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UN demands release of political prisoners

October 12, 2007

China’s support for the Burmese military junta seems to have been somewhat weakened by protests from the rest of the world. Thursday October 11., China supported a UN security council statement rebuking the military regime for its suppression of peaceful protests, and demanding the release of all political prisoners. According to the Guardian, the statement also called for “genuine dialogue” with the opposition leader, Aung San Suu Kyi, but fell short of threatening sanctions.

While demands without any mention of consequences probably is not enough to make the Burmese junta release any prisoners, the statement still marks an important change in the relationship between China, Burma and the UN. The security council had to water down the statement considerably in order to win Chinese approval, scrapping a demand for the junta to account for what had happened to detained demonstrators, and a call for a transition to democracy. However, the fact that China now supports a statement demanding release of political prisoners should signal clearly to the Burmese authorities that they now stand more alone than ever. It also sends an important message to the world: China can be moved.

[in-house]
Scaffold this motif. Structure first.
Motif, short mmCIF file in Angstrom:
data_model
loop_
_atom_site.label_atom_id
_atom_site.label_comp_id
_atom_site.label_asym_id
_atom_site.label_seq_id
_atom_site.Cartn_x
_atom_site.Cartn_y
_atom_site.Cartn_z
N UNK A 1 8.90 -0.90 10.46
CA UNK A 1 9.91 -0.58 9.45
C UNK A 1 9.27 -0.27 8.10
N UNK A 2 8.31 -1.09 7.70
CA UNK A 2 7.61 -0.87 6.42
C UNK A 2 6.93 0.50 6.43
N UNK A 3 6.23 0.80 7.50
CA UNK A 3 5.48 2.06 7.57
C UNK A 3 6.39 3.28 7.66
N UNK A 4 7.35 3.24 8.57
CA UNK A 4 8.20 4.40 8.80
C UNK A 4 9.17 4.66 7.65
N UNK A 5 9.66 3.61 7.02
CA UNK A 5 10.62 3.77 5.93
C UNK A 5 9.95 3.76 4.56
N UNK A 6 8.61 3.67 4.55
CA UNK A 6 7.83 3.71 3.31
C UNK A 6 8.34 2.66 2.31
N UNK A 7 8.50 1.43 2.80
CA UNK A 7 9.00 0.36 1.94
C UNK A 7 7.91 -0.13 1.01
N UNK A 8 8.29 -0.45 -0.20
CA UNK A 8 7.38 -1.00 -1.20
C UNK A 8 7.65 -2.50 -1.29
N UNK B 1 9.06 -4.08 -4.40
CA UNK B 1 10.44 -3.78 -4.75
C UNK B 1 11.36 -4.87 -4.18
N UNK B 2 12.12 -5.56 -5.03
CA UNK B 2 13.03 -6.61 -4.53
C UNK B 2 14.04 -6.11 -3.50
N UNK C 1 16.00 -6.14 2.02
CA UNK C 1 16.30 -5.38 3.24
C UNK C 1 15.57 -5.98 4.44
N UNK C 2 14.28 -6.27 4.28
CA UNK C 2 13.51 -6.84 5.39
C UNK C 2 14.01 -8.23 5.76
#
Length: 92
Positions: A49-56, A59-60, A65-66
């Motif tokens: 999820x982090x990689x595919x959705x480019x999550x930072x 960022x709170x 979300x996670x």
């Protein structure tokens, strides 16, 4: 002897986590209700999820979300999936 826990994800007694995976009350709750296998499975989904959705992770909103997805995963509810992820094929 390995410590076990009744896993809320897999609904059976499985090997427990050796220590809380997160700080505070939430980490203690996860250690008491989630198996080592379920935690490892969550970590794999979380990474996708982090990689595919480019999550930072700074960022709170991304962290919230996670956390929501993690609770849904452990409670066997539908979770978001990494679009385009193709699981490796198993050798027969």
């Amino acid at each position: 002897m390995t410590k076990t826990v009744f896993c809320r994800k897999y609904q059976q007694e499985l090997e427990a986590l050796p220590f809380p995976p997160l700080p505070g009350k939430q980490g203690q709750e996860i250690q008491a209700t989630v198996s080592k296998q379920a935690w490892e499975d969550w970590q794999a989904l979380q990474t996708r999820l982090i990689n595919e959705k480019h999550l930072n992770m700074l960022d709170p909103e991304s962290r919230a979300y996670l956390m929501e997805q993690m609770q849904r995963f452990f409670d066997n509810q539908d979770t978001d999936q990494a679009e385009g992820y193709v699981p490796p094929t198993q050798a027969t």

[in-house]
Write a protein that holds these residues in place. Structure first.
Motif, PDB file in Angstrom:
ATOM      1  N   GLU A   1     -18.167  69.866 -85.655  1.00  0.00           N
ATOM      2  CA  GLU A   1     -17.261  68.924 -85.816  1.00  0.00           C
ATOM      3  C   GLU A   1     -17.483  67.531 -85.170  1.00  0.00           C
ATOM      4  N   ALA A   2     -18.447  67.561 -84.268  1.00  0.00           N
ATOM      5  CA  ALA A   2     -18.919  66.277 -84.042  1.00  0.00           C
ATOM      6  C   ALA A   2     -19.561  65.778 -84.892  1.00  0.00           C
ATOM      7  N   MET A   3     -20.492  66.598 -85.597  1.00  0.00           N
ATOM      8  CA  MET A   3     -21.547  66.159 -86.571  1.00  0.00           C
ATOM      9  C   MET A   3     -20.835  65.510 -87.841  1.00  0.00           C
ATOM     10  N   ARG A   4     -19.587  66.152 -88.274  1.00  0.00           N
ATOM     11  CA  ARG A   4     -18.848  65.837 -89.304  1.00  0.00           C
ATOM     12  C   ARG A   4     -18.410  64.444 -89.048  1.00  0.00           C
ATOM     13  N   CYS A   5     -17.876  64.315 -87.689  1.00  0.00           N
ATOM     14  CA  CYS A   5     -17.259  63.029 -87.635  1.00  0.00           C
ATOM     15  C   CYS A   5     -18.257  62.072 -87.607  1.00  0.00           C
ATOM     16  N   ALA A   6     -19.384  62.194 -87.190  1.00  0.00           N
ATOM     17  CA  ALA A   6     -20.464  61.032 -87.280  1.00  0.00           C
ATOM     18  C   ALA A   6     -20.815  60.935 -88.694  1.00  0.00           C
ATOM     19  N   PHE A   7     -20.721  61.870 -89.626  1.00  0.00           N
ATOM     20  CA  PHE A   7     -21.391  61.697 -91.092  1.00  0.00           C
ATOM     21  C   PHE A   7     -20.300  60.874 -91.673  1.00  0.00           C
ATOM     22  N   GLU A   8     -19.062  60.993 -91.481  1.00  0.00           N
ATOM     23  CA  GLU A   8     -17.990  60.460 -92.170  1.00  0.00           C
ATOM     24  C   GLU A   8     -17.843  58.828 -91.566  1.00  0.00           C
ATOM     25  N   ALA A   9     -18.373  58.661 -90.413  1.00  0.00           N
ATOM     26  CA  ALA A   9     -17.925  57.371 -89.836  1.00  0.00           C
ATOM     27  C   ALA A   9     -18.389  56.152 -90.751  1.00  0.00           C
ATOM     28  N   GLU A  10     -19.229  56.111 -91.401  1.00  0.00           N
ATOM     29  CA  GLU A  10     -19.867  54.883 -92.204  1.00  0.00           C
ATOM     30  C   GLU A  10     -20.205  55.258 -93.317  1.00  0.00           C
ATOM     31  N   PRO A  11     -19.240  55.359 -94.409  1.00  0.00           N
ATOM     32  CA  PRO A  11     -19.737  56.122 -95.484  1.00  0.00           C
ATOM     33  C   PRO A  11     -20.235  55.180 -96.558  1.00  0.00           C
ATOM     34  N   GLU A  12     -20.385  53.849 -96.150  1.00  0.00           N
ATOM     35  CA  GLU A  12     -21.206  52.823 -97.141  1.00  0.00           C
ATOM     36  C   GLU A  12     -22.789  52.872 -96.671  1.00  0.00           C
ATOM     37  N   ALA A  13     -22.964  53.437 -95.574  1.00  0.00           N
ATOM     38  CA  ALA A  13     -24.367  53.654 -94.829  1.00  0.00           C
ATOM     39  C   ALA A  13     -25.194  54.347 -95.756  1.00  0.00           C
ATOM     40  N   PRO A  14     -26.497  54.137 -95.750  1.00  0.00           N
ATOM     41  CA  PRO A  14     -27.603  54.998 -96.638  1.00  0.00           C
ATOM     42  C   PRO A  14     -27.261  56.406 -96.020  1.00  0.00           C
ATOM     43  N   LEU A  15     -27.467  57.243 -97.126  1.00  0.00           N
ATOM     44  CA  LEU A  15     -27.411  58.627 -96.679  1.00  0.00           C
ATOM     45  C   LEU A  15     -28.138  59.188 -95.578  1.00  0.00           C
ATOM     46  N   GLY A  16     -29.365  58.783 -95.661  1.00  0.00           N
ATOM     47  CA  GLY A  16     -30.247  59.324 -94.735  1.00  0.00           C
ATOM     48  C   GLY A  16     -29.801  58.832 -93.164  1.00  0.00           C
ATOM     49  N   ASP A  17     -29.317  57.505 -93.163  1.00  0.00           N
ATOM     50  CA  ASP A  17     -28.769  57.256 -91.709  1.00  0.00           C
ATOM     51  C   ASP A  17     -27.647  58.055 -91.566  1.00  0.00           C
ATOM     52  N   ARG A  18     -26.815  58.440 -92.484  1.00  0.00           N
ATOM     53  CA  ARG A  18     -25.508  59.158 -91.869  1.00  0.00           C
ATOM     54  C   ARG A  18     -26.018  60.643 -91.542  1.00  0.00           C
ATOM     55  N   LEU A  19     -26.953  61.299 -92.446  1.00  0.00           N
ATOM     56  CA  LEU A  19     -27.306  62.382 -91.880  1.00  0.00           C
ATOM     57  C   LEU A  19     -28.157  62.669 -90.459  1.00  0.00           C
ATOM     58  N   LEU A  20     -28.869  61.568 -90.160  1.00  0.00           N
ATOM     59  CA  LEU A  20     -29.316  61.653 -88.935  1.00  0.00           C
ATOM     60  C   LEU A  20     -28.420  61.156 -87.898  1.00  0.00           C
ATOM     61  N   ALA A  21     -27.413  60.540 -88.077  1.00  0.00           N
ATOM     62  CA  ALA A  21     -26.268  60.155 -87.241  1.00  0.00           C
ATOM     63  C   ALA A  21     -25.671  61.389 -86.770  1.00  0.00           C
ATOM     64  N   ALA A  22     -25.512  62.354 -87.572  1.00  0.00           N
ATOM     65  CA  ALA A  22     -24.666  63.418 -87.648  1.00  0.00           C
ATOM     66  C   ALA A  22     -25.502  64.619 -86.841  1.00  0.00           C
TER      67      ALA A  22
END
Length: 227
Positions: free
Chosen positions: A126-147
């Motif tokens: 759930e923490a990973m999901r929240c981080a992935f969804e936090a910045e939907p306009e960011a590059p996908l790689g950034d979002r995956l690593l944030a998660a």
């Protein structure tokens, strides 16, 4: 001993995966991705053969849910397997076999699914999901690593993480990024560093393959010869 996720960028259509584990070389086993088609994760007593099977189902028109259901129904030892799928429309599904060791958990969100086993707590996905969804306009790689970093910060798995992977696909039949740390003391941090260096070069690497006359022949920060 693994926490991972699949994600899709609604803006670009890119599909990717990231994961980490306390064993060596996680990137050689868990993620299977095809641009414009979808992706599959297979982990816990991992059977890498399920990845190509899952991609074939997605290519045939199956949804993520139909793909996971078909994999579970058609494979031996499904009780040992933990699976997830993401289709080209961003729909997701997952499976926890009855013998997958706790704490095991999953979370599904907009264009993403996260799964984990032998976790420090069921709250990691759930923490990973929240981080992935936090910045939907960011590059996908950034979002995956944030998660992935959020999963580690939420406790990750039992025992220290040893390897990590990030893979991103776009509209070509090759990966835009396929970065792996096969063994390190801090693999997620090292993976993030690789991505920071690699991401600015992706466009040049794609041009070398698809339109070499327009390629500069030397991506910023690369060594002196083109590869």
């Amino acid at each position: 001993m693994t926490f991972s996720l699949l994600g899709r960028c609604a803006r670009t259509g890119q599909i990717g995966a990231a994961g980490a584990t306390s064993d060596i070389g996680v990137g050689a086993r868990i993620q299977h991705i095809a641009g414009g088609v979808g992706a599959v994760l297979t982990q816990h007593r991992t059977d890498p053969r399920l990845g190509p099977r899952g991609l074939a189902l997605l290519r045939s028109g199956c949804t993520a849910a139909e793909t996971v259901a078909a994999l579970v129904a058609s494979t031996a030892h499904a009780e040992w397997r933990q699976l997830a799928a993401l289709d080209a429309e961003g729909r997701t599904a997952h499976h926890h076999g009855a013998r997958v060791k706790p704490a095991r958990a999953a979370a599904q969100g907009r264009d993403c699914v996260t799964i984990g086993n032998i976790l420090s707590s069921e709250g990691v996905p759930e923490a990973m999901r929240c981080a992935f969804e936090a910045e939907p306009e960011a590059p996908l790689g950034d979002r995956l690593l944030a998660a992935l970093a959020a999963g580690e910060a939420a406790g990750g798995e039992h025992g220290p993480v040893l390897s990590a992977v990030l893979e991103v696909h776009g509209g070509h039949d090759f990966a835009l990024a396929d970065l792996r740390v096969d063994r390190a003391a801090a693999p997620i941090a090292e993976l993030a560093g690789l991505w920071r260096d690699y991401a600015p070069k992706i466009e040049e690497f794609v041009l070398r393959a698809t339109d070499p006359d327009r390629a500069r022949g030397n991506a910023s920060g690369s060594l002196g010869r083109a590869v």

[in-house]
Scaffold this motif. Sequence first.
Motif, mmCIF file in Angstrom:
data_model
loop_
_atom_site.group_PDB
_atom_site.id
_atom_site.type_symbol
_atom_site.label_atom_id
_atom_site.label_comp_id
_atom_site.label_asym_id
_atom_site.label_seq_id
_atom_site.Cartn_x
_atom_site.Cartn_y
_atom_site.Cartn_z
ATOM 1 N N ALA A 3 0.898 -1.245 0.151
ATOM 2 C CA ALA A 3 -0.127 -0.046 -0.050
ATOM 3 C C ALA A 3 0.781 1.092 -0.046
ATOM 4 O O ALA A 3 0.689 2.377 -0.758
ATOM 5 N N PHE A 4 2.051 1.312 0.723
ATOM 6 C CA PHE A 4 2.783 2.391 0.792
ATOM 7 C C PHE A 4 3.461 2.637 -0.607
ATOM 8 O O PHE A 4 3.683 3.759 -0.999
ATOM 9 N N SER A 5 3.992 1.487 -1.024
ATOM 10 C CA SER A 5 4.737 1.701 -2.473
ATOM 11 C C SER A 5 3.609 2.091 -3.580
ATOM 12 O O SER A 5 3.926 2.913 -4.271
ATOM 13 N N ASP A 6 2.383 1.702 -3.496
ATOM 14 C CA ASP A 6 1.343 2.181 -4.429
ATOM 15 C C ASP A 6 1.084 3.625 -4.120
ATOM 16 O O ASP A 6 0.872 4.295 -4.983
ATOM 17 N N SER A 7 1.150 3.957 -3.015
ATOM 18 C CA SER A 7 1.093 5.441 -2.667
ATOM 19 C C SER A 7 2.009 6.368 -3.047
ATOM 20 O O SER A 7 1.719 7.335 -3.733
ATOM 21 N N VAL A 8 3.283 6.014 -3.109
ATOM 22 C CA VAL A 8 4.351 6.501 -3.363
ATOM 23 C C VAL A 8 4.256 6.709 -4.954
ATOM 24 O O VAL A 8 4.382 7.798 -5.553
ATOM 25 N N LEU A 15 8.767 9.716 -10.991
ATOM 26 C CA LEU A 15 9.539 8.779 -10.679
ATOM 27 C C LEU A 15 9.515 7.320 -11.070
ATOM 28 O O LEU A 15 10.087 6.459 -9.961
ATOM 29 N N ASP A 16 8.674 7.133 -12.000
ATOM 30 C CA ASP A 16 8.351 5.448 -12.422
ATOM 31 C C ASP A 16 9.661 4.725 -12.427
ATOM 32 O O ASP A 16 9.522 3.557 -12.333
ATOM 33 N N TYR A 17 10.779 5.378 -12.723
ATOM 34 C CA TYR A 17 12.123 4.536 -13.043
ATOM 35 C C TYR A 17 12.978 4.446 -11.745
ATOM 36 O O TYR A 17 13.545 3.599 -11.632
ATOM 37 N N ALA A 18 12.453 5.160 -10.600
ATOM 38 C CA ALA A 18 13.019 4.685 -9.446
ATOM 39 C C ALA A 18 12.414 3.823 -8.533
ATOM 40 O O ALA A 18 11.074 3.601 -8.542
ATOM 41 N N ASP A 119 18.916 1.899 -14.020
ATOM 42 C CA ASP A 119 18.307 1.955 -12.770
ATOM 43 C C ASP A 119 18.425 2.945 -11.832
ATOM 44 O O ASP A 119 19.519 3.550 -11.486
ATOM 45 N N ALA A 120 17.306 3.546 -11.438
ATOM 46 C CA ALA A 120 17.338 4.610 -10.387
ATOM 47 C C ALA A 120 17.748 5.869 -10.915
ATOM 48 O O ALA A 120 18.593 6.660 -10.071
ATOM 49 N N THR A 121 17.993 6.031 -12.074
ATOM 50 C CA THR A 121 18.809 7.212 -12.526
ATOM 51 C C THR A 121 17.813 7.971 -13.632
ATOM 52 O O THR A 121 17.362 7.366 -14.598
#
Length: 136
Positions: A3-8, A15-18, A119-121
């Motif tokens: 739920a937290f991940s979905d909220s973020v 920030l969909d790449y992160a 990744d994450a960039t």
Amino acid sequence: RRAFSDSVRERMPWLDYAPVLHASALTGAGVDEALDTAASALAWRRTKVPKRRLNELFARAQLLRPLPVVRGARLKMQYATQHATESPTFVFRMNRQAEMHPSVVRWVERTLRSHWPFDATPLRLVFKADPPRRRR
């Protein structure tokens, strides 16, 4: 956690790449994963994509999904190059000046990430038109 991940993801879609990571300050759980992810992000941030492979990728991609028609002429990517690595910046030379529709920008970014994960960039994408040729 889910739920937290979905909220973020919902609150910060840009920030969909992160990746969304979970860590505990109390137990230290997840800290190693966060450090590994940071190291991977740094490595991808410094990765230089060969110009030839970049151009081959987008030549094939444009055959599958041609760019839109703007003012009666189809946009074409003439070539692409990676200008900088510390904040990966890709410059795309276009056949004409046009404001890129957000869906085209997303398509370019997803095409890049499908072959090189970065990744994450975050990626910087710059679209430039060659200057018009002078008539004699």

The US ambassador to the UN, Zalmay Khalilzad, said that if the junta failed to meet the demands in the statement, the security council would take the matter up again in as little as two weeks.

– We will not relent. We will persist, he told the Guardian.

Let that also be my message to all of you who long for a free Burma: Keep up the good work! Keep up the pressure on China! We will not relent. We will persist.

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